Now, if the skew between any two domain is this much, it can only point to one thing: That the CTS engineer has done a poor job while designing the clock tree! The maximum clock latency that you may observe in a typical SoC could be upto 7-8 ns. So, the maximum global skew would never really exceed the maximum clock latency. Therefore, it is safe to say that the scenario you mentioned won't happen in a practical scenario with a good CTS!

      Also, please note that 3ns in this case is not the half clock period, but the skew.

      Delete
    2. Hi Naman,

      Let us consider two asynchronous scan clocks instead of two scan clocks from the same source with known skew. In this case there is a possibility of their skew being greater than half the clock period. Will this not result in hold violation ? Or even set up violation?

      Delete
  9. Hi NMN
    Can you tell why have you shown a transition from START of Latch instead of END of latch transparent time, as that would be worst case setup time - I am talking in case of Latch-to-Reg path.
    Thanks

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    1. Hi EE,
      While your assertion that the worst case setup check would be from the end of latch transparent time is correct, in this post, I meant to illustrate the problem that this lock-up latch solves. The setup check from latch to register is not important here given the fact that we won't have any logic in the scan chain and shifting would be done at a slower frequency anyway.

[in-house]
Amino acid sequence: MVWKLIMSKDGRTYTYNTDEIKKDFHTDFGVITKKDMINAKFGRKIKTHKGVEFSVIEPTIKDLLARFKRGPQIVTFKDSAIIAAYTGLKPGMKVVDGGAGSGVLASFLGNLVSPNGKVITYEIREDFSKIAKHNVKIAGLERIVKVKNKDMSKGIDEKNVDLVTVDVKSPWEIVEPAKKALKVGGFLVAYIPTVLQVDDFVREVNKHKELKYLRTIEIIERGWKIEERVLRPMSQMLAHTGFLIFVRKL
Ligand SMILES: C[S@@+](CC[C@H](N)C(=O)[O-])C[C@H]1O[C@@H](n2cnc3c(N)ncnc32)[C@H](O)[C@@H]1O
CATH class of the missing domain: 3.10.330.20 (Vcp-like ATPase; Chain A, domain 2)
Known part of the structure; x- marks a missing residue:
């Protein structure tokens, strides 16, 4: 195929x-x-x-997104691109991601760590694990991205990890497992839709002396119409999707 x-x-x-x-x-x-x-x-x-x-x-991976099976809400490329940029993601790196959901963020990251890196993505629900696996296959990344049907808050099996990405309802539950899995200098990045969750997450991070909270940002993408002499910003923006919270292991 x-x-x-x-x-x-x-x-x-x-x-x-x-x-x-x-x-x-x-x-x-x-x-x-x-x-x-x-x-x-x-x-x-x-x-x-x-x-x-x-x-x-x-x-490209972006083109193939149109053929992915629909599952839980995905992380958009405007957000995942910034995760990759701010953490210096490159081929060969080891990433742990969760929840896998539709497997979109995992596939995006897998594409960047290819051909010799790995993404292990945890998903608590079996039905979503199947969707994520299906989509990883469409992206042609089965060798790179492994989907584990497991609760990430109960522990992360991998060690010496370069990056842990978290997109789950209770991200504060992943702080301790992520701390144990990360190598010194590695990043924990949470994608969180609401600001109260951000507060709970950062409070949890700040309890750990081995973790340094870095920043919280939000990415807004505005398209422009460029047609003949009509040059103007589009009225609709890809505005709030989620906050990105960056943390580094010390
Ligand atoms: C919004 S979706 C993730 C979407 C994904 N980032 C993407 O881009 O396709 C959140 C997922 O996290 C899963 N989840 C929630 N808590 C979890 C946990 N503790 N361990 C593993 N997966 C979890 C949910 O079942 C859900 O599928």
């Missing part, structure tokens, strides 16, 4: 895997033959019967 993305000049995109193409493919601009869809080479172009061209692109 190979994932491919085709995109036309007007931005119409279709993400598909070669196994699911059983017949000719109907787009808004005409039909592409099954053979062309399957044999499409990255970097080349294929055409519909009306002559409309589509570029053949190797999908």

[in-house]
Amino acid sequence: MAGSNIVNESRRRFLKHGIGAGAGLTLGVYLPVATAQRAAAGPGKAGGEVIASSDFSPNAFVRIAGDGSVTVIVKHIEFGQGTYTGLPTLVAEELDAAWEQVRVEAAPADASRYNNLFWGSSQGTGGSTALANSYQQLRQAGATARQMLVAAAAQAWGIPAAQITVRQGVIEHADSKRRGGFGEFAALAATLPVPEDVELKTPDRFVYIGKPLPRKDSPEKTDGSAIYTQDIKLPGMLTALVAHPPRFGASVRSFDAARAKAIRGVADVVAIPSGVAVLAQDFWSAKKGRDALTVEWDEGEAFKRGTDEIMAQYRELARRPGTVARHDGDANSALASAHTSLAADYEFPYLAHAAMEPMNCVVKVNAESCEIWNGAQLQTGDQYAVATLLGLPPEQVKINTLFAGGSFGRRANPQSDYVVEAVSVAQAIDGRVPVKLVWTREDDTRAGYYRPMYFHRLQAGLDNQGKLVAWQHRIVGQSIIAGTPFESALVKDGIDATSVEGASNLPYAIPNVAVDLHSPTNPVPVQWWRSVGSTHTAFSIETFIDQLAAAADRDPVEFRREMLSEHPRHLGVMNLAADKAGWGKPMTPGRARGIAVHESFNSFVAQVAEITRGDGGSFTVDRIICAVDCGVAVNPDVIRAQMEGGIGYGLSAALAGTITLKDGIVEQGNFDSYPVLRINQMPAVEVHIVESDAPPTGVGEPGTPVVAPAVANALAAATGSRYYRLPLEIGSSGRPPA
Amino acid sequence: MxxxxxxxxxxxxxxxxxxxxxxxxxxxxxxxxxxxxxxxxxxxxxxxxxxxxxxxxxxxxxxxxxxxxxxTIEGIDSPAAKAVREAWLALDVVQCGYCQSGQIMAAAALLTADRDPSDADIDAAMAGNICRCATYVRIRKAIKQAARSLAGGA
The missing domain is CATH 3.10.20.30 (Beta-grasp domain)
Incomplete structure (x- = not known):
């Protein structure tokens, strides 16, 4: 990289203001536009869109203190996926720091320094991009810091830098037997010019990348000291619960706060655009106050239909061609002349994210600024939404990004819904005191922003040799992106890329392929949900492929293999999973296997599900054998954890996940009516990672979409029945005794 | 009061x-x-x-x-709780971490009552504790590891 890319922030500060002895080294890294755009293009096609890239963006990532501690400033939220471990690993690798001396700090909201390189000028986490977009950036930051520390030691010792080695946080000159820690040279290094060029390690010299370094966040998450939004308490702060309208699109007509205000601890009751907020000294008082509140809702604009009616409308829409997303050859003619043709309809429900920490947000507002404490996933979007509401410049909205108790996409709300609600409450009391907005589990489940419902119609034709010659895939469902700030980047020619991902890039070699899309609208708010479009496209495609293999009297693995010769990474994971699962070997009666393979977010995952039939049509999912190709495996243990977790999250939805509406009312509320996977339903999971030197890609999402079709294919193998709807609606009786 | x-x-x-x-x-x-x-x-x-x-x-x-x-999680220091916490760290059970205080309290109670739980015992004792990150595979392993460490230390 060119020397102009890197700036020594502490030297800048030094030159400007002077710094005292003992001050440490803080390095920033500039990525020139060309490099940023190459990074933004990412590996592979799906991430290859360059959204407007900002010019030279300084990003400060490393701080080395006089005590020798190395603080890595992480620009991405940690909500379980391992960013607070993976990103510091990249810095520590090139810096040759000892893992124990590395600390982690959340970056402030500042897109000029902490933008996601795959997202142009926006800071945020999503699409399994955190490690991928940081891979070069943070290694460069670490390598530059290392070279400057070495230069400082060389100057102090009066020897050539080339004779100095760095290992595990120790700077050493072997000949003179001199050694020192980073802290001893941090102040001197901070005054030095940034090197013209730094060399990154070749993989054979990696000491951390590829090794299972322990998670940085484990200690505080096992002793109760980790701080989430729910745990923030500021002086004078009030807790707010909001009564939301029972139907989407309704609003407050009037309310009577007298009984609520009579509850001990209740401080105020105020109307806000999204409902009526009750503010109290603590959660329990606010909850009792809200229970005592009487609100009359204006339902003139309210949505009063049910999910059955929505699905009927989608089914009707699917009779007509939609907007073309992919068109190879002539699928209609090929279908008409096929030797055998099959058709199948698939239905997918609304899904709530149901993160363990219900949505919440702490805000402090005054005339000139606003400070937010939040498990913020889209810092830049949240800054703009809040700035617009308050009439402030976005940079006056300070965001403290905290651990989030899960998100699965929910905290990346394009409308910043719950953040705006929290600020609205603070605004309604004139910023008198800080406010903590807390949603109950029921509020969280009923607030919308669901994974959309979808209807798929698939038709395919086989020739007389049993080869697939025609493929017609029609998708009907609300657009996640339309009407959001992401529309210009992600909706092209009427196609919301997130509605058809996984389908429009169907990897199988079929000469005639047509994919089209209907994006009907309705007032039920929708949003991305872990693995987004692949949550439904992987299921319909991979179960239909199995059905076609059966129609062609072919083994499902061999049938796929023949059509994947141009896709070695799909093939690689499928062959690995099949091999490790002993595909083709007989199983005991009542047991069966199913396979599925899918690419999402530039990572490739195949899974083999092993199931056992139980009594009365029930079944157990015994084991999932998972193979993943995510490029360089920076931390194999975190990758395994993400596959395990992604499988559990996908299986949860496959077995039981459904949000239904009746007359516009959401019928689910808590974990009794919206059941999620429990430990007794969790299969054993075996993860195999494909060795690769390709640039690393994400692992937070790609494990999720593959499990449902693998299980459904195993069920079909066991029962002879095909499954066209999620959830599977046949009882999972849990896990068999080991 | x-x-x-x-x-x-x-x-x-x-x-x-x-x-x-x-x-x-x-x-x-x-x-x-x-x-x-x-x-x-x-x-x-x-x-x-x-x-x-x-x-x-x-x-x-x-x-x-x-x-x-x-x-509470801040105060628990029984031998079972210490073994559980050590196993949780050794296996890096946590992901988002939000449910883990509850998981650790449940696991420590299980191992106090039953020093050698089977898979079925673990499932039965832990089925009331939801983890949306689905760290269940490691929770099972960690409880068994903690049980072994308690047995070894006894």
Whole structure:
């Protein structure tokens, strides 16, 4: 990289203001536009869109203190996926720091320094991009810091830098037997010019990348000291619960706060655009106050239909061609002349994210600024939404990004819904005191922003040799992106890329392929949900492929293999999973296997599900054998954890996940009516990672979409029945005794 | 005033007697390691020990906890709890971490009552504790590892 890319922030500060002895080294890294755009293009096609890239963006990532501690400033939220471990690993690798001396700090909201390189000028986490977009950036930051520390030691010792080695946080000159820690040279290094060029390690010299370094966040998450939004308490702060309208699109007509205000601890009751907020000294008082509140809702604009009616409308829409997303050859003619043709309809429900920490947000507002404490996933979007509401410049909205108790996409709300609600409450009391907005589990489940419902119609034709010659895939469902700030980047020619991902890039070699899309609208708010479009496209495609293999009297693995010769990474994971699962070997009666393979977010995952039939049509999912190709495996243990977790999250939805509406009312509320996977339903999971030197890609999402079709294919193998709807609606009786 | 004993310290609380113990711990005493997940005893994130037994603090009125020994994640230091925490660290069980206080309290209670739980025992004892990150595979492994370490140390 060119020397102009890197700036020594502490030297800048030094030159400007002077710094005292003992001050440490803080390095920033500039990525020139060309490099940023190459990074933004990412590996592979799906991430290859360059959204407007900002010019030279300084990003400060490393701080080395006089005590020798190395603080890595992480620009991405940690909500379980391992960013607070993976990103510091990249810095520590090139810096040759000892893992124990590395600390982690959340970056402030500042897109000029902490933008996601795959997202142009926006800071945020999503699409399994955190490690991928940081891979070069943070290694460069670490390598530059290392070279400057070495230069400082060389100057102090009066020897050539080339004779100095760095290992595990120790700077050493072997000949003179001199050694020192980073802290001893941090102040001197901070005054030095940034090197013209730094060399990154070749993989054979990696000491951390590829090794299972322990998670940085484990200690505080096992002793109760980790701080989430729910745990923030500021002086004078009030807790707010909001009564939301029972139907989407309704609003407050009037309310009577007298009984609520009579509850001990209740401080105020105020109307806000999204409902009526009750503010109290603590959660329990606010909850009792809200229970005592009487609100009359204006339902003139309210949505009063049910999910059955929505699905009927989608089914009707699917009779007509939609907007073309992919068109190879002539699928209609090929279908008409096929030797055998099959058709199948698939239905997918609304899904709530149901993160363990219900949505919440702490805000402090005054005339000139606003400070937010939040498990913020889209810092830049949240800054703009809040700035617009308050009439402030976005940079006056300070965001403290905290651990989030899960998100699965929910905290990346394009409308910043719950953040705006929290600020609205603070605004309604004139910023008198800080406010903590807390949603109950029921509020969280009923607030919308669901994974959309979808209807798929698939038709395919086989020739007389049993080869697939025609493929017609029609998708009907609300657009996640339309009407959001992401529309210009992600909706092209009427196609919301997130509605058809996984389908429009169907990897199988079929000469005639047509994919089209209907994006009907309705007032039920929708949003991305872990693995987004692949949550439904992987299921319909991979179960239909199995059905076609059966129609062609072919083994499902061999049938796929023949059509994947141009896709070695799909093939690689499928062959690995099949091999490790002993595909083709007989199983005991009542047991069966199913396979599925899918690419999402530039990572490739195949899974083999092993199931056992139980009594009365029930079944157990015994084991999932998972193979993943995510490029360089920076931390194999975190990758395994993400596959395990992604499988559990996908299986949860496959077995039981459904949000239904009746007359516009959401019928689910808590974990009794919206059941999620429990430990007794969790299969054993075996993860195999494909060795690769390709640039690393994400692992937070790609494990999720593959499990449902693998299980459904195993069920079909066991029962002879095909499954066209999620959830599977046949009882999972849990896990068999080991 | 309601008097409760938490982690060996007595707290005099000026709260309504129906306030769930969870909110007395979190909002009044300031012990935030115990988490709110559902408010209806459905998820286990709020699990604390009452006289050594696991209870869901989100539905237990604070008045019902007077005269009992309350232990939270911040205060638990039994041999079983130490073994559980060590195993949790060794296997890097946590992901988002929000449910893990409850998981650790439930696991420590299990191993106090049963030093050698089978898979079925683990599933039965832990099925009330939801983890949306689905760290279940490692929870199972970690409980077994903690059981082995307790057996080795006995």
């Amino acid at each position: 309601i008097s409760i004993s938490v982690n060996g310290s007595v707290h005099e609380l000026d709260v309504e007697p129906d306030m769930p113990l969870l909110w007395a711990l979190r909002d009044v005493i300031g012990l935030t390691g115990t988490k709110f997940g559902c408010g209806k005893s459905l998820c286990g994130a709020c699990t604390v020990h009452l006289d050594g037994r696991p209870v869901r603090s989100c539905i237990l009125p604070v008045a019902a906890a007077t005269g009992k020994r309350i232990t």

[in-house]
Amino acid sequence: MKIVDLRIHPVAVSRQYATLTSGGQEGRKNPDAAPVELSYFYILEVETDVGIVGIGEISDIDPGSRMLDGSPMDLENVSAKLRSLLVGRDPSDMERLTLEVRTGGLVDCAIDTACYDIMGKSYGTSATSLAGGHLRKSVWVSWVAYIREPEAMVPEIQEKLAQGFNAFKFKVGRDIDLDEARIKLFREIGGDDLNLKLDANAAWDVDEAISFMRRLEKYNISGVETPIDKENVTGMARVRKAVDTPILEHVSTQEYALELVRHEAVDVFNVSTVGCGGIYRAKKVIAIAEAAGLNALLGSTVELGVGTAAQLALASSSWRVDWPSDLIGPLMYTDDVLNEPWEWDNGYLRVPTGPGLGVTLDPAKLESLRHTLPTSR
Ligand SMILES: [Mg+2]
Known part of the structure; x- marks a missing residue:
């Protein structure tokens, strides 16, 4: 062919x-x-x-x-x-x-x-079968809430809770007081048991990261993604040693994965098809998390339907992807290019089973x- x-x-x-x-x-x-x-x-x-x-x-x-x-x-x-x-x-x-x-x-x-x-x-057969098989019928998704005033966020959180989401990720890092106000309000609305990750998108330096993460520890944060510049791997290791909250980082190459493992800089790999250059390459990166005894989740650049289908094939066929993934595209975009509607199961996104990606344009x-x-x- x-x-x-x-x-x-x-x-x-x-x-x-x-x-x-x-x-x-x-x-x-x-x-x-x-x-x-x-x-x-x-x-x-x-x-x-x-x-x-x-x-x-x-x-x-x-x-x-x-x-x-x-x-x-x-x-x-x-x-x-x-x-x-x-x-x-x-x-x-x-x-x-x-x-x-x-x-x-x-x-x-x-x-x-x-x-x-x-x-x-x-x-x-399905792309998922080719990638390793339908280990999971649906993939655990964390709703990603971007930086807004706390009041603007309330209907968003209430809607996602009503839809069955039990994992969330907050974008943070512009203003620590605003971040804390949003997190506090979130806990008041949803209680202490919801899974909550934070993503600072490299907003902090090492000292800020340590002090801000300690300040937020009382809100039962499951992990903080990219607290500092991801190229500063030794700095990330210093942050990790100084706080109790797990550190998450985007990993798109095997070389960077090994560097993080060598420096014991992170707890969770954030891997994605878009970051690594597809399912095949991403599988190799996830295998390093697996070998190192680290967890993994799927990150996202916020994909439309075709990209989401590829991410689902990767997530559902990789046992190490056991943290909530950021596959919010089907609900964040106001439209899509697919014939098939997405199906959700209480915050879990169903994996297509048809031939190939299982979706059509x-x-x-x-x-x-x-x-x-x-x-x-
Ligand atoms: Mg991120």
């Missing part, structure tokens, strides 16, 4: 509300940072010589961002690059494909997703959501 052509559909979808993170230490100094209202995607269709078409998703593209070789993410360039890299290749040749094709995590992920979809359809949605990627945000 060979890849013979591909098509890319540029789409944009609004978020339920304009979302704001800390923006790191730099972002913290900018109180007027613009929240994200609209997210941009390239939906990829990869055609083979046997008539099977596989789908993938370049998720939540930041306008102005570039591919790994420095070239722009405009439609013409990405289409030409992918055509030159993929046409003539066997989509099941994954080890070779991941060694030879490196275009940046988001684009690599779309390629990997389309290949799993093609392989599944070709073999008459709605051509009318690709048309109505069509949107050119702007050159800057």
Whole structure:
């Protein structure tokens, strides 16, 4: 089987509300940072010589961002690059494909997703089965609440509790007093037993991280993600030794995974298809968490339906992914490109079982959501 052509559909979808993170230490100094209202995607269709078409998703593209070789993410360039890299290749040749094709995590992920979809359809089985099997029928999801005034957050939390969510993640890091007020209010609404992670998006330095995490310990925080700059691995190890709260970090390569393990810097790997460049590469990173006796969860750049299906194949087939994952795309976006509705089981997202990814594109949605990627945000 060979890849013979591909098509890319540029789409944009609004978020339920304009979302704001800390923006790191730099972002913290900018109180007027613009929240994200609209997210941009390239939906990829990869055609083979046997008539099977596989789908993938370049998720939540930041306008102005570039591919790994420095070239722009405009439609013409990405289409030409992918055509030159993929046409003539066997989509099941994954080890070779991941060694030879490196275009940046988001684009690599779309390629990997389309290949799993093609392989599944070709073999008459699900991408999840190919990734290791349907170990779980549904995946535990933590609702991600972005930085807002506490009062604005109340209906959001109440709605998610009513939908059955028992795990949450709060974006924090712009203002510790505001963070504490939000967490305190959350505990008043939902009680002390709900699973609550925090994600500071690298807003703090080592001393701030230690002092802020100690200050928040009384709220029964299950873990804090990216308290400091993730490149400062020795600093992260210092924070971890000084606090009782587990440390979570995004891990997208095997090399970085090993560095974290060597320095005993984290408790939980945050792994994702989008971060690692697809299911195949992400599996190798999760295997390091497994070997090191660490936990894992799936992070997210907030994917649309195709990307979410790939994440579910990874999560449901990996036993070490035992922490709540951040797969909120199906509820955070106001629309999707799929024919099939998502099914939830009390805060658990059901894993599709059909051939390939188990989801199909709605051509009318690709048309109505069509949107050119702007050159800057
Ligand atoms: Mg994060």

Regards,
      Nmn.

      Delete
  10. Enjoyed reading all those good set of comments. Well captured.

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  11. what is latch transparency with in a scan chain, in what scenarios latch is transparent ?

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  12. Thanks a million Naman. Excellent blog. Keep them coming.

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  13. what if this lockup latch is reported in func mode timing result (endpoint)? is this still valid path? or something is wrong?